Communism Essay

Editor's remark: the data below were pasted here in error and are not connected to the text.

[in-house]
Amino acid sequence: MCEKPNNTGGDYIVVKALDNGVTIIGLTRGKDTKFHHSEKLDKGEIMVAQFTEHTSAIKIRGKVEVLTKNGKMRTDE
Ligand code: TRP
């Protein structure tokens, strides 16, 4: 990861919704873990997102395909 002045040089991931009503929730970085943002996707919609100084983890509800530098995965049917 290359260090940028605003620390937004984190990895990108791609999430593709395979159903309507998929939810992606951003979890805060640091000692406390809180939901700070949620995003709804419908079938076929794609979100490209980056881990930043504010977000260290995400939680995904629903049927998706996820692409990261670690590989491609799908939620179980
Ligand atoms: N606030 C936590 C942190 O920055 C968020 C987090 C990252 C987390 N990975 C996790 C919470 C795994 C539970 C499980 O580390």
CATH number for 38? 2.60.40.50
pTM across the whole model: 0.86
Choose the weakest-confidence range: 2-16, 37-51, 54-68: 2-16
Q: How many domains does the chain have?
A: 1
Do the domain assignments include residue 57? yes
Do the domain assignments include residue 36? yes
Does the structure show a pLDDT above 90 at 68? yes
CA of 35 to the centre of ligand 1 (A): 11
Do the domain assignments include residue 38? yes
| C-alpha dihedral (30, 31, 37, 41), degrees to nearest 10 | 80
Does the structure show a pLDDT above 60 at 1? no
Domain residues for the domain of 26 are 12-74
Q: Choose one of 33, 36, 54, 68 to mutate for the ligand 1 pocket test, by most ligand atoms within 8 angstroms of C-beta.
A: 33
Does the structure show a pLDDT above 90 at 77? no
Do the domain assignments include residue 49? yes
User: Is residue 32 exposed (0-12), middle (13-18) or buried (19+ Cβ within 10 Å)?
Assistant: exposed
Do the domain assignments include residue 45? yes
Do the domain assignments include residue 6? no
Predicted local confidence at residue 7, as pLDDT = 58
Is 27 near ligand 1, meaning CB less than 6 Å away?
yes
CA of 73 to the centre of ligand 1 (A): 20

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I think U.S is fear of communism in 1950s is because of a lot of reasons. Well few years back in the U.S which was on September 11th terrorist attacks in 2001, the US fight against radical Islamic terror has been at the forefront of American foreign policy. In a related way, several events in the 1950s required that anti-Communism be one of the fundamental aspects of American foreign policy. Occasionally, as in the case of the McCarthy trials, anti-Communism influenced domestic policy as well. Furthermore, Americans had a legitimate right to fear Communist aggression as a look at the events of the Cold War will demonstrate. Fear of communism was not at all unique to America. In fact, popular fear of a communist revolution was one of the chief reasons why Hitler was able to come to power in Germany. During World War II, however, it became clear to America and its allies in Western Europe that Nazism was an ever bigger throughout to the security of Europe and the rest of the world than was Communism. Eventually, this led the United States to enter into an uneasy alliance with the Communist government of the Soviet Union. Their mutual struggle against Nazism necessitated forced these two unlikely allies to cooperate. Given the pragmatic nature of the alliance, it is unsurprising that it fell apart even before the war was over. The Soviet Union at that time was an aggressively expansionistic power and as the Red Army drove the Germans out of the USSR and all the way back to Berlin, the Soviets conquered most of Eastern Europe. They installed puppet communist governments in countries throughout Eastern Europe, including half of Germany itself. The Americans and Western Allies, for their part, feared that the Soviets would continue to expand, perhaps into Western Europe itself. As the only major power not devastated by the Second World War, the United States became the

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